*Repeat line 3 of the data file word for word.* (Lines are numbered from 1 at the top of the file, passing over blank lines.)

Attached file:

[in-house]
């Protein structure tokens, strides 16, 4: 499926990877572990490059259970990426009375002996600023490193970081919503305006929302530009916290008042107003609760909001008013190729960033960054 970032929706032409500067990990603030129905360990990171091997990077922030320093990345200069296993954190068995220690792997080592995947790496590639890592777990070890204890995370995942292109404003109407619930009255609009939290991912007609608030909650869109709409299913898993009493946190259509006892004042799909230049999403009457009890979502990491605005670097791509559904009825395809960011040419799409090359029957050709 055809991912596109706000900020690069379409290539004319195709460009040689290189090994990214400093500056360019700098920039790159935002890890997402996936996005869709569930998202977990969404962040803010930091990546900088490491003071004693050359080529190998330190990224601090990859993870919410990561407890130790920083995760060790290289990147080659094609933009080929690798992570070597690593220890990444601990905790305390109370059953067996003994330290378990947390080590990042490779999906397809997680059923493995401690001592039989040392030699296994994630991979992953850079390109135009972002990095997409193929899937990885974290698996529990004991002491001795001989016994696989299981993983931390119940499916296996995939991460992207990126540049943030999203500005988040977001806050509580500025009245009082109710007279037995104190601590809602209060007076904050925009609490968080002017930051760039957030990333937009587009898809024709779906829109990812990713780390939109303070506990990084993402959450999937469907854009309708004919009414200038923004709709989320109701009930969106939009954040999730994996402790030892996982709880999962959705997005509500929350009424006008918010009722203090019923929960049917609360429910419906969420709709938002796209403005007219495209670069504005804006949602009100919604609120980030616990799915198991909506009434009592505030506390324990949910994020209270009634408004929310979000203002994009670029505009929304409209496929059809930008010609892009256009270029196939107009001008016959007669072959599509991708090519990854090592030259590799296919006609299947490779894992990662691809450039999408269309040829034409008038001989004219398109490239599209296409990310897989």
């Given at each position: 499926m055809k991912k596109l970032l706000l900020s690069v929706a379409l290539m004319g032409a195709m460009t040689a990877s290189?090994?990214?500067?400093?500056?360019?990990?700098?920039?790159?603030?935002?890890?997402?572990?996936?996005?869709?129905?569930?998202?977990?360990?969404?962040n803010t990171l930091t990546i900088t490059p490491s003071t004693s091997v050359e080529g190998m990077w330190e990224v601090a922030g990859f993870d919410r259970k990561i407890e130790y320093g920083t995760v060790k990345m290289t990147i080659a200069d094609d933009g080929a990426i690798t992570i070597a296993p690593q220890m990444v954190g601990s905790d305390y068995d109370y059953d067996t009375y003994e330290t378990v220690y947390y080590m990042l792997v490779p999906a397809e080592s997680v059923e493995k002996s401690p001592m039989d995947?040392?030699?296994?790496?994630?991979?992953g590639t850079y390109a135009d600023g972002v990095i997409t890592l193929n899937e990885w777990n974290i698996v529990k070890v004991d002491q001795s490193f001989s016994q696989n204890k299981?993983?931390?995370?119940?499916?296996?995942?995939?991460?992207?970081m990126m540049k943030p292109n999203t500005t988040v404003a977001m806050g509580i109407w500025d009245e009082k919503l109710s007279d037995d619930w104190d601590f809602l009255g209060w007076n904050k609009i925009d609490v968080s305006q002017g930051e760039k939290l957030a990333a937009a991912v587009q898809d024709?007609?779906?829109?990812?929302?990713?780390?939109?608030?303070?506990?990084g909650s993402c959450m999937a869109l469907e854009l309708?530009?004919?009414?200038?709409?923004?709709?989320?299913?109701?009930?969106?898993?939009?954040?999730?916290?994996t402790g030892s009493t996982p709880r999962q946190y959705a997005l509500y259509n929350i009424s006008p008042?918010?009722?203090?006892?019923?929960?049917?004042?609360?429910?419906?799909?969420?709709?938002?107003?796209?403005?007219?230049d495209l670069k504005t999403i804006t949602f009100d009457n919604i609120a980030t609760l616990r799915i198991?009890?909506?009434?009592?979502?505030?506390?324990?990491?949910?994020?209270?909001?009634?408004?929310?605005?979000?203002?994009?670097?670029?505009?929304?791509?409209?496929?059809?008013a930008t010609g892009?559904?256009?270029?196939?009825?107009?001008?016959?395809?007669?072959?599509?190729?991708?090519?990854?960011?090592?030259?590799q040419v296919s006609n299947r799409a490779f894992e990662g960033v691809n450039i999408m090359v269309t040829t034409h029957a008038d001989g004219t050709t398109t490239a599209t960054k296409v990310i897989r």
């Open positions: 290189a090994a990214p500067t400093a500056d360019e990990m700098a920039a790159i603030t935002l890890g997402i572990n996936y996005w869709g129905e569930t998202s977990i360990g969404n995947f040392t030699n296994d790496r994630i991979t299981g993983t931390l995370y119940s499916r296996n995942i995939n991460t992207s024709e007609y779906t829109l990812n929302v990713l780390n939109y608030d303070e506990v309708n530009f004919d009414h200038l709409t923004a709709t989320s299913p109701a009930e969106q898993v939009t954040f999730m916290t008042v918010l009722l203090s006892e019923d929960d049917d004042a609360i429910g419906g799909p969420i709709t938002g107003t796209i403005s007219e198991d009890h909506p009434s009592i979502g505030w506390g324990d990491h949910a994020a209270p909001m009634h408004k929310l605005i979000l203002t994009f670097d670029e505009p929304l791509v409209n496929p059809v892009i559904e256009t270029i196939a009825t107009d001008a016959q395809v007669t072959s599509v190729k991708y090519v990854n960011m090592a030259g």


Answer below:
């Given at each position: 499926m055809k991912k596109l970032l706000l900020s690069v929706a379409l290539m004319g032409a195709m460009t040689a990877s290189?090994?990214?500067?400093?500056?360019?990990?700098?920039?790159?603030?935002?890890?997402?572990?996936?996005?869709?129905?569930?998202?977990?360990?969404?962040n803010t990171l930091t990546i900088t490059p490491s003071t004693s091997v050359e080529g190998m990077w330190e990224v601090a922030g990859f993870d919410r259970k990561i407890e130790y320093g920083t995760v060790k990345m290289t990147i080659a200069d094609d933009g080929a990426i690798t992570i070597a296993p690593q220890m990444v954190g601990s905790d305390y068995d109370y059953d067996t009375y003994e330290t378990v220690y947390y080590m990042l792997v490779p999906a397809e080592s997680v059923e493995k002996s401690p001592m039989d995947?040392?030699?296994?790496?994630?991979?992953g590639t850079y390109a135009d600023g972002v990095i997409t890592l193929n899937e990885w777990n974290i698996v529990k070890v004991d002491q001795s490193f001989s016994q696989n204890k299981?993983?931390?995370?119940?499916?296996?995942?995939?991460?992207?970081m990126m540049k943030p292109n999203t500005t988040v404003a977001m806050g509580i109407w500025d009245e009082k919503l109710s007279d037995d619930w104190d601590f809602l009255g209060w007076n904050k609009i925009d609490v968080s305006q002017g930051e760039k939290l957030a990333a937009a991912v587009q898809d024709?007609?779906?829109?990812?929302?990713?780390?939109?608030?303070?506990?990084g909650s993402c959450m999937a869109l469907e854009l309708?530009?004919?009414?200038?709409?923004?709709?989320?299913?109701?009930?969106?898993?939009?954040?999730?916290?994996t402790g030892s009493t996982p709880r999962q946190y959705a997005l509500y259509n929350i009424s006008p008042?918010?009722?203090?006892?019923?929960?049917?004042?609360?429910?419906?799909?969420?709709?938002?107003?796209?403005?007219?230049d495209l670069k504005t999403i804006t949602f009100d009457n919604i609120a980030t609760l616990r799915i198991?009890?909506?009434?009592?979502?505030?506390?324990?990491?949910?994020?209270?909001?009634?408004?929310?605005?979000?203002?994009?670097?670029?505009?929304?791509?409209?496929?059809?008013a930008t010609g892009?559904?256009?270029?196939?009825?107009?001008?016959?395809?007669?072959?599509?190729?991708?090519?990854?960011?090592?030259?590799q040419v296919s006609n299947r799409a490779f894992e990662g960033v691809n450039i999408m090359v269309t040829t034409h029957a008038d001989g004219t050709t398109t490239a599209t960054k296409v990310i897989r």